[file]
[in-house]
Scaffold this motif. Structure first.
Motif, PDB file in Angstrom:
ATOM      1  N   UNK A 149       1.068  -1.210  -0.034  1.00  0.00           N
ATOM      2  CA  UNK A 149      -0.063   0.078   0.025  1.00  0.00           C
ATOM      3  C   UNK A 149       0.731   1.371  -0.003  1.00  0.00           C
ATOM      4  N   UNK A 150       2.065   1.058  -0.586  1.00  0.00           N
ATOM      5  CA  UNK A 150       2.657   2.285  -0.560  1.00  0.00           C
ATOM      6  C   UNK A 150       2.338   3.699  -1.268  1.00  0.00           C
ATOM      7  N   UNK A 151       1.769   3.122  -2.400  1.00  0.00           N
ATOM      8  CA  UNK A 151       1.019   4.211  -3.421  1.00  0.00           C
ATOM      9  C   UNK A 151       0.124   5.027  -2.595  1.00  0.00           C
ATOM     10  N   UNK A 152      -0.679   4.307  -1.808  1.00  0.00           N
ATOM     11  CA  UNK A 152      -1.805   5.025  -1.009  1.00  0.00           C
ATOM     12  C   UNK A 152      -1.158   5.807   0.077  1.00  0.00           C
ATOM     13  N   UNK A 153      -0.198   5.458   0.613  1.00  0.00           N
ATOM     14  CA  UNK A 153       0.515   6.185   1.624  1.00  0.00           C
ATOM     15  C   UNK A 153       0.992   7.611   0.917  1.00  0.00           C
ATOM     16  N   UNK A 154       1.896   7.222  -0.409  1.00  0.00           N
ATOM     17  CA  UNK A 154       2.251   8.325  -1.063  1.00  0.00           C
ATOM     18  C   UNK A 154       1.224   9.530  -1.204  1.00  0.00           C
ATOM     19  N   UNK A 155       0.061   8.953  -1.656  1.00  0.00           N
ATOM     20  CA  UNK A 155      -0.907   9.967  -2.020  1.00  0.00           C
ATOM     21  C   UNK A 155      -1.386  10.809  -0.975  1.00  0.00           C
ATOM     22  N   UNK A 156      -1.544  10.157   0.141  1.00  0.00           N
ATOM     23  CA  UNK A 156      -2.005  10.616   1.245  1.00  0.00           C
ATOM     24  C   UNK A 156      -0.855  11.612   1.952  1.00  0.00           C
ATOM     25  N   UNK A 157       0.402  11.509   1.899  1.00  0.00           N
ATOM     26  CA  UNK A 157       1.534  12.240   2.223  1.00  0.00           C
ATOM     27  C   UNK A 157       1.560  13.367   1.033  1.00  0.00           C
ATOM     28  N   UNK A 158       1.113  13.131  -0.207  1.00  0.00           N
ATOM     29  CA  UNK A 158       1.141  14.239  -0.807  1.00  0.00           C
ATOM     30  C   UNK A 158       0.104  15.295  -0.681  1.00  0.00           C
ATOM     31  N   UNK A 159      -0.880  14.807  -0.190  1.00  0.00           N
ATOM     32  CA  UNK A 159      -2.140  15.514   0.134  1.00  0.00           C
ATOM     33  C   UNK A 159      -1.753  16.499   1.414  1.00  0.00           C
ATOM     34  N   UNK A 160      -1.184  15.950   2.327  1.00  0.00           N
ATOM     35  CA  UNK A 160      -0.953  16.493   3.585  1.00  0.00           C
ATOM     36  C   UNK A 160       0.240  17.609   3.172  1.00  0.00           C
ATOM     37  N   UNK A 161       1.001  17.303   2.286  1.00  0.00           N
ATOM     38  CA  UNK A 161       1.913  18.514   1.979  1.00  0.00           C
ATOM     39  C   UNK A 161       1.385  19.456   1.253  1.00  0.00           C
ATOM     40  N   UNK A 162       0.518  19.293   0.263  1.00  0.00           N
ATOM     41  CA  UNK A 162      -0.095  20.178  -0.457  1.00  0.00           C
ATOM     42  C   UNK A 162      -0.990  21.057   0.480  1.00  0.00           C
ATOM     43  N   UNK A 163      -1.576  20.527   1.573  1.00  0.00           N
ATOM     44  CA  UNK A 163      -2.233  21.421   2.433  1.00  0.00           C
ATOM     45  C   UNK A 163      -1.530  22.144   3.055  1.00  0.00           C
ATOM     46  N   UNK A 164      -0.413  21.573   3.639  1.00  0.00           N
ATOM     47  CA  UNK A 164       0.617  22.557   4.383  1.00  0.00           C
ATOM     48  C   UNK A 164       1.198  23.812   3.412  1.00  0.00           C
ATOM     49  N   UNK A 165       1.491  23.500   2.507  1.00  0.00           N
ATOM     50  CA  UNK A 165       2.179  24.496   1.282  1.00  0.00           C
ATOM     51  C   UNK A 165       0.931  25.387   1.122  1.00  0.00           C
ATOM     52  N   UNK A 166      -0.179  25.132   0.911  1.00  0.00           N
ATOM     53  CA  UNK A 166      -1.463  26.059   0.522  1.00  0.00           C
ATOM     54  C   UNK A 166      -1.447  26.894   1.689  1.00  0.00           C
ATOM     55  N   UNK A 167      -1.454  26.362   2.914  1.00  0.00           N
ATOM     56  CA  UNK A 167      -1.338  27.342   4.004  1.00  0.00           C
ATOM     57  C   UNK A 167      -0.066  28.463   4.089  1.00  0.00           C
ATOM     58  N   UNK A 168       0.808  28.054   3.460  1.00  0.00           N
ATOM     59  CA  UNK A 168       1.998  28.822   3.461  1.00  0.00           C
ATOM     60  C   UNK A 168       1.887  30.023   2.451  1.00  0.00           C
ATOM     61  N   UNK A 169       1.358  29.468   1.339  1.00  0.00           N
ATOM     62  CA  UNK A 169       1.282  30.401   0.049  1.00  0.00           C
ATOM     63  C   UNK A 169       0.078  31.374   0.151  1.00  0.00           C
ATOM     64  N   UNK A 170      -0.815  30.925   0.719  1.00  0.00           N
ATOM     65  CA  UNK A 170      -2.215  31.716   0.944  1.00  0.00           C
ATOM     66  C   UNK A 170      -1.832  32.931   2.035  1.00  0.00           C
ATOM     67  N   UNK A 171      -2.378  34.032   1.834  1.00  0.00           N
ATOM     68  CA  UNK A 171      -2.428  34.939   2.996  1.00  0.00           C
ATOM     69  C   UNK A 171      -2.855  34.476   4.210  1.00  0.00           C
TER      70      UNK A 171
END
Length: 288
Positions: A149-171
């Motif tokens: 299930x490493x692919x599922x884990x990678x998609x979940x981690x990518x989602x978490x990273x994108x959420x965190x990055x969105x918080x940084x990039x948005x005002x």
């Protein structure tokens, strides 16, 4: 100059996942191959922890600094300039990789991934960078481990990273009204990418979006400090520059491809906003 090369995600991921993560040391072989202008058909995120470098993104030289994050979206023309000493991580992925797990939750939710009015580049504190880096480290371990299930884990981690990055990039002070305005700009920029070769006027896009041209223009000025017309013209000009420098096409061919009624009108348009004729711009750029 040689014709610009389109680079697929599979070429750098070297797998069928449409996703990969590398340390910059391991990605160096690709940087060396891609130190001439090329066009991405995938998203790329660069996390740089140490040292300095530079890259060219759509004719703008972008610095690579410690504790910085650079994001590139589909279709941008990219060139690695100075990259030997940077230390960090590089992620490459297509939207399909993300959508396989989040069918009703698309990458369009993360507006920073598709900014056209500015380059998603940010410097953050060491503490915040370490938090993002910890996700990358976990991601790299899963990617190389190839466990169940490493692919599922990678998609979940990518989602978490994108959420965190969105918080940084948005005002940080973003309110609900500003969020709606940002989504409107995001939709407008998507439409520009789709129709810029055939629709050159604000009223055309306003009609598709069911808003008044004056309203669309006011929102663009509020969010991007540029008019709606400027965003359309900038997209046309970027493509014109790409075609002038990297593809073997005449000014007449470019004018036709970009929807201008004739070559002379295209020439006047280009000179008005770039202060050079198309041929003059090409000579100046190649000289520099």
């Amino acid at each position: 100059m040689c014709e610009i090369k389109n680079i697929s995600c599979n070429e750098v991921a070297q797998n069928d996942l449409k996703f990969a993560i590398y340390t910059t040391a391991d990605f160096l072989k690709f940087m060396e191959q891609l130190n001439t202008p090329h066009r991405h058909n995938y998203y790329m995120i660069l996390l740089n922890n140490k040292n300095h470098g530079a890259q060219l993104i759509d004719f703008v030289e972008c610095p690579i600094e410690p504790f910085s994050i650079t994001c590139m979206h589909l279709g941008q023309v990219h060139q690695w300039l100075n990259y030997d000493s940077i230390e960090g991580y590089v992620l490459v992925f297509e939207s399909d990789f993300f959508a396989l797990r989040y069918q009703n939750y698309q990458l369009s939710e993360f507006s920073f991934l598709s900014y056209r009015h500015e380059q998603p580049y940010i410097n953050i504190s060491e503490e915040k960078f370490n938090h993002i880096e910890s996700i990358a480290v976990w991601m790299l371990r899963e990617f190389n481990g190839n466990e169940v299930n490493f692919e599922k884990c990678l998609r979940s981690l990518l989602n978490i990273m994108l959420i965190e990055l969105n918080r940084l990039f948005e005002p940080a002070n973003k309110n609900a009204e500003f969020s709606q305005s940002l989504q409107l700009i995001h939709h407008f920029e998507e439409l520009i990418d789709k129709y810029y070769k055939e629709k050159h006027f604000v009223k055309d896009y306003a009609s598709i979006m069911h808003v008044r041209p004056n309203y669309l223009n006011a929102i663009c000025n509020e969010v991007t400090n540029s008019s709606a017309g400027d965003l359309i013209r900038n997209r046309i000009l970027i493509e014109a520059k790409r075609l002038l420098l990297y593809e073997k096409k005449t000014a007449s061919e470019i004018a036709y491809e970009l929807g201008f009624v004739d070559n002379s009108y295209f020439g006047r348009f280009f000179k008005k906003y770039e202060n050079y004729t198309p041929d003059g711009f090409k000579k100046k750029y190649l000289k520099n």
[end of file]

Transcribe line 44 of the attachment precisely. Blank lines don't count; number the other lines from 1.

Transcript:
ATOM     41  CA  UNK A 162      -0.095  20.178  -0.457  1.00  0.00           C